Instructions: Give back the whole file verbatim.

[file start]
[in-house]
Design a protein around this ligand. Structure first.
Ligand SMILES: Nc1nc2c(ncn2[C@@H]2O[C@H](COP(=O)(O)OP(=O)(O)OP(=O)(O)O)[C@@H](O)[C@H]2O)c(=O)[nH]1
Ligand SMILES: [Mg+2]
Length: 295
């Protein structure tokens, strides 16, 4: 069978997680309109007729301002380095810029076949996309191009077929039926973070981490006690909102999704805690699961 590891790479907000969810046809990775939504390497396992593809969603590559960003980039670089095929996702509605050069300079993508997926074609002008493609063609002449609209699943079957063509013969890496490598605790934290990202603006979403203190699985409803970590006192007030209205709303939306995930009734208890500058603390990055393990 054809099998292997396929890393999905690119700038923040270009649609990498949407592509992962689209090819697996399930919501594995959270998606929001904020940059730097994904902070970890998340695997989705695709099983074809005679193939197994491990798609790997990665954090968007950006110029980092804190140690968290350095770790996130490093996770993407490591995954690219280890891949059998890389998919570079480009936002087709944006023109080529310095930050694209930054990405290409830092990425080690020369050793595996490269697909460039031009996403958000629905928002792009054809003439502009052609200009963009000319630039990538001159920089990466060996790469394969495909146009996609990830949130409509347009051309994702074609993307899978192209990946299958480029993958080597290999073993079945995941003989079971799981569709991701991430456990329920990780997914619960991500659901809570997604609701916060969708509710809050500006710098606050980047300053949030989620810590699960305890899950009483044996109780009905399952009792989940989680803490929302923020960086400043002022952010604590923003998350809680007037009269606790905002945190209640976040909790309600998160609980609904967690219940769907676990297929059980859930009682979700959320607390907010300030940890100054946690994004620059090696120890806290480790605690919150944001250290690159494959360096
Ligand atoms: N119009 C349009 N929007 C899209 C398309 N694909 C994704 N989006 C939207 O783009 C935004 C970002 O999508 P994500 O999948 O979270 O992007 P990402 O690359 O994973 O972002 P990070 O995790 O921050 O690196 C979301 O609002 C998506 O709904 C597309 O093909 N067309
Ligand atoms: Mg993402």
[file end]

[in-house]
Design a protein around this ligand. Structure first.
Ligand SMILES: Nc1nc2c(ncn2[C@@H]2O[C@H](COP(=O)(O)OP(=O)(O)OP(=O)(O)O)[C@@H](O)[C@H]2O)c(=O)[nH]1
Ligand SMILES: [Mg+2]
Length: 295
């Protein structure tokens, strides 16, 4: 069978997680309109007729301002380095810029076949996309191009077929039926973070981490006690909102999704805690699961 590891790479907000969810046809990775939504390497396992593809969603590559960003980039670089095929996702509605050069300079993508997926074609002008493609063609002449609209699943079957063509013969890496490598605790934290990202603006979403203190699985409803970590006192007030209205709303939306995930009734208890500058603390990055393990 054809099998292997396929890393999905690119700038923040270009649609990498949407592509992962689209090819697996399930919501594995959270998606929001904020940059730097994904902070970890998340695997989705695709099983074809005679193939197994491990798609790997990665954090968007950006110029980092804190140690968290350095770790996130490093996770993407490591995954690219280890891949059998890389998919570079480009936002087709944006023109080529310095930050694209930054990405290409830092990425080690020369050793595996490269697909460039031009996403958000629905928002792009054809003439502009052609200009963009000319630039990538001159920089990466060996790469394969495909146009996609990830949130409509347009051309994702074609993307899978192209990946299958480029993958080597290999073993079945995941003989079971799981569709991701991430456990329920990780997914619960991500659901809570997604609701916060969708509710809050500006710098606050980047300053949030989620810590699960305890899950009483044996109780009905399952009792989940989680803490929302923020960086400043002022952010604590923003998350809680007037009269606790905002945190209640976040909790309600998160609980609904967690219940769907676990297929059980859930009682979700959320607390907010300030940890100054946690994004620059090696120890806290480790605690919150944001250290690159494959360096
Ligand atoms: N119009 C349009 N929007 C899209 C398309 N694909 C994704 N989006 C939207 O783009 C935004 C970002 O999508 P994500 O999948 O979270 O992007 P990402 O690359 O994973 O972002 P990070 O995790 O921050 O690196 C979301 O609002 C998506 O709904 C597309 O093909 N067309
Ligand atoms: Mg993402």